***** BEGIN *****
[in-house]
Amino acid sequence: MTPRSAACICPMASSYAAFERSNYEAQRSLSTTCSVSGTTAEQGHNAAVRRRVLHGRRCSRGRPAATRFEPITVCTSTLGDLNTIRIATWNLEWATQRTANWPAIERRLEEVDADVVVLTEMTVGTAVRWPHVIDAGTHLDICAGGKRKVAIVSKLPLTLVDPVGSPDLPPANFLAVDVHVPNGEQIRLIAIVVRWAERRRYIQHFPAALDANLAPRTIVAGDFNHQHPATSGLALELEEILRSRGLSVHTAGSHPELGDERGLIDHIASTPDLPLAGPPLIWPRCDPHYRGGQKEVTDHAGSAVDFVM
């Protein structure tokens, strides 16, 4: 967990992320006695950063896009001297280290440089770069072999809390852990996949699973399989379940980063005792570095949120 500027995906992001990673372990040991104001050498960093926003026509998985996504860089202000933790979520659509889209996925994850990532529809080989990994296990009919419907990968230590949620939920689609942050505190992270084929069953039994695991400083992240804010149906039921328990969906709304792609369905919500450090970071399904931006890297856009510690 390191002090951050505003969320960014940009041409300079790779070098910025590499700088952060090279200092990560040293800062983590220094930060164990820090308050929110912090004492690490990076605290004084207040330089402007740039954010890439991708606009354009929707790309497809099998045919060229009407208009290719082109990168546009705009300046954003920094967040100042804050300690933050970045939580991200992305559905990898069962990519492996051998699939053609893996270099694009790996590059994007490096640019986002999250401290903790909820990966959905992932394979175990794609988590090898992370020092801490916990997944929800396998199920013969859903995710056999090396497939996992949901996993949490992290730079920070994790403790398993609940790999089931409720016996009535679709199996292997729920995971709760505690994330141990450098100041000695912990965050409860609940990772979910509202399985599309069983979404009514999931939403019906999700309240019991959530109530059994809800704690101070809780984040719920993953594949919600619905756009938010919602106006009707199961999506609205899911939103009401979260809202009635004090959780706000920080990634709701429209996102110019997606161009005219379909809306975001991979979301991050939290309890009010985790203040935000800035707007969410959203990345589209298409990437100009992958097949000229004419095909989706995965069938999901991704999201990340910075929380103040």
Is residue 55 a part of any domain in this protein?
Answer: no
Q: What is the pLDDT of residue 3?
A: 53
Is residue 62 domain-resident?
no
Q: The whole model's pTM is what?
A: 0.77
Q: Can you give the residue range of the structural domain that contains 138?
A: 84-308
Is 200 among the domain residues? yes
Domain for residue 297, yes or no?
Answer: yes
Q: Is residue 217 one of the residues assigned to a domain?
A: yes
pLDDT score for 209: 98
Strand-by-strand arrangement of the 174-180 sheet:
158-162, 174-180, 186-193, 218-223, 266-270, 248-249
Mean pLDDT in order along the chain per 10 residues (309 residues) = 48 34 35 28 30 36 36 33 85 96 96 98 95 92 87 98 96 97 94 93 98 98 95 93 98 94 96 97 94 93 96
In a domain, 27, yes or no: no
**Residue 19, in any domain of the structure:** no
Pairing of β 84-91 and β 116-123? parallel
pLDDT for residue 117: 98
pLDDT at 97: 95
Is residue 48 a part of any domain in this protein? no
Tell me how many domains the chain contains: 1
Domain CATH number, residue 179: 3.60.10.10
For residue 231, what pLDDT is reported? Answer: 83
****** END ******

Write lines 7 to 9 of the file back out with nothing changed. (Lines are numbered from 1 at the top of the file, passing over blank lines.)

A: 53
Is residue 62 domain-resident?
no